|" * * *
* * , * * "
|* * * *||Weather: State of exigency|
|VOL. V. ... No. 4||-- SPRING 1986 --||INTERVERNAL EDITION|
Trinity begins in London, where you are a tourist determined to enjoy the last day of your $599 vacation, despite ominous rumblings from the superpowers. But the peaceful ambience of a summer morning quickly turns to horror as air raid sirens fill the air and a hydrogen bomb threatens the city with instant annihilation.
If you're clever, you'll escape through a mysterious white door into a magical garden filled with curious artifacts and overgrown with gigantic toadstools. But this hauntingly beautiful landscape is only the starting point of your journey. You've discovered a twilight world in which every atomic explosion that has ever occured is inexplicably connected; and you'll need to explore every inch of it, crisscrossing time and space, before you can understand and control its power.
Your quest will lead you from the Siberian tundra to a tropical island, from deep underground to the depths of outer space. The chilling climax takes place in the New Mexico desert, where you'll arrive minutes before the most fateful experiment of all time: the world's first atomic explosion, code-named Trinity.
Trinity blends fantasy and realism to bring you an otherworldly experience somewhere between Alice in Wonderland and The Twilight Zone. Although author Brian Moriarty conducted extensive research to ensure the accuracy of locations and events, at no time are you completely in reality. Even at the Trinity site, magical things can happen.
As the first puzzle-oriented game to be written with Infocom's Interactive Fiction Plus development system, Trinity has more of all the things Infocom fans have grown to know and love. There are dozens of challenges, nearly 600 objects and locations, and a vocabulary of over 2100 words. Interactive Fiction Plus doubles the potential size of a program, allowing for larger, richer stories and more sophisticated user interfaces.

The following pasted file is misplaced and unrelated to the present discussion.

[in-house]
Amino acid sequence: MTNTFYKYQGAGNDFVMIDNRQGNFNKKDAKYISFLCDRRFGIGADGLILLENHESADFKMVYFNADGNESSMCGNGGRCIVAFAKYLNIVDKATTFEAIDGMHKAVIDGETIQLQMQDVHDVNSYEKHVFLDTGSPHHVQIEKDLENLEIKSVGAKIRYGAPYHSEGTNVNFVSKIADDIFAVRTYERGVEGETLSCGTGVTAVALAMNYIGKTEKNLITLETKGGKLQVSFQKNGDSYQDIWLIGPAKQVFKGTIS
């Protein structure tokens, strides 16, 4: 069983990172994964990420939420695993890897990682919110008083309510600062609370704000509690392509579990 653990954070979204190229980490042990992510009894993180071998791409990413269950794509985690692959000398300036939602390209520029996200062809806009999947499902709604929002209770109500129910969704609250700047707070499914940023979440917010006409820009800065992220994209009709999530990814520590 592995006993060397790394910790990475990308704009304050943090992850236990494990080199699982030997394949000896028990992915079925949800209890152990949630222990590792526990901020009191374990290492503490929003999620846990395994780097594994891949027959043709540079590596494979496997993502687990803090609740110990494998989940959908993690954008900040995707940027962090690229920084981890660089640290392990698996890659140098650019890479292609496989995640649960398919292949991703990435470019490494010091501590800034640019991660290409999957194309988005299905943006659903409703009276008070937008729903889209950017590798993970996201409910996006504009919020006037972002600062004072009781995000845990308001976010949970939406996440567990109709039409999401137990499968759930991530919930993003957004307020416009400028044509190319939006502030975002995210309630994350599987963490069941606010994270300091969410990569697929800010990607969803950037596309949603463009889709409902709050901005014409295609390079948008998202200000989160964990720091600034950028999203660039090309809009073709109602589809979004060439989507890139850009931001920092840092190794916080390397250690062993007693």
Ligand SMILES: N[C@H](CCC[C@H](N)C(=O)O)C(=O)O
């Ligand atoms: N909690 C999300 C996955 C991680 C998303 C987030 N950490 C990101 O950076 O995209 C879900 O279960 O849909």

To get you started, the Trinity package includes a copy of The Illustrated Story of the Atom Bomb. This historical comic book fills you in on the facts behind the fantasy, as well as providing valuable clues to the puzzles in the story. Also included are an intricately decorated punch-out sundial, a detailed map of the Trinity site, and instructions for folding a paper bird.
Trinity is Brian Moriarty's second work of interactive fiction, following the record-breaking bestseller Wishbringer. Geared to the standard-level player, Trinity will be available in June for most personal computers with at least 128K of memory. It will carry a suggested retail price of $39.95.
So, we're looking for a new name for * * * . If you have a suggestion (The New Zork Post is right out), send it to * * * , Infocom, Inc., 125 CambridgePark Drive, Cambridge, MA 02140.
The winner will receive a subscription to The New York Times or the newspaper of his or her choice. Now that you know the difference, we're sure that your choice will be * * * . We apologize to the millions of people who bought The New York Times hoping to receive * * * . Entries must be received by August 15, 1986, and become the property of Infocom, Inc. (We reserve the right to come up with our own name, if we think yours are all terrible, but we'll award the prize to the least bad entry if that happens.)
You might be asking: Why do I need a database? Well, sometimes you want to file the same information in more than one way. That's when a relational database can save you time, effort, and a lot of headaches.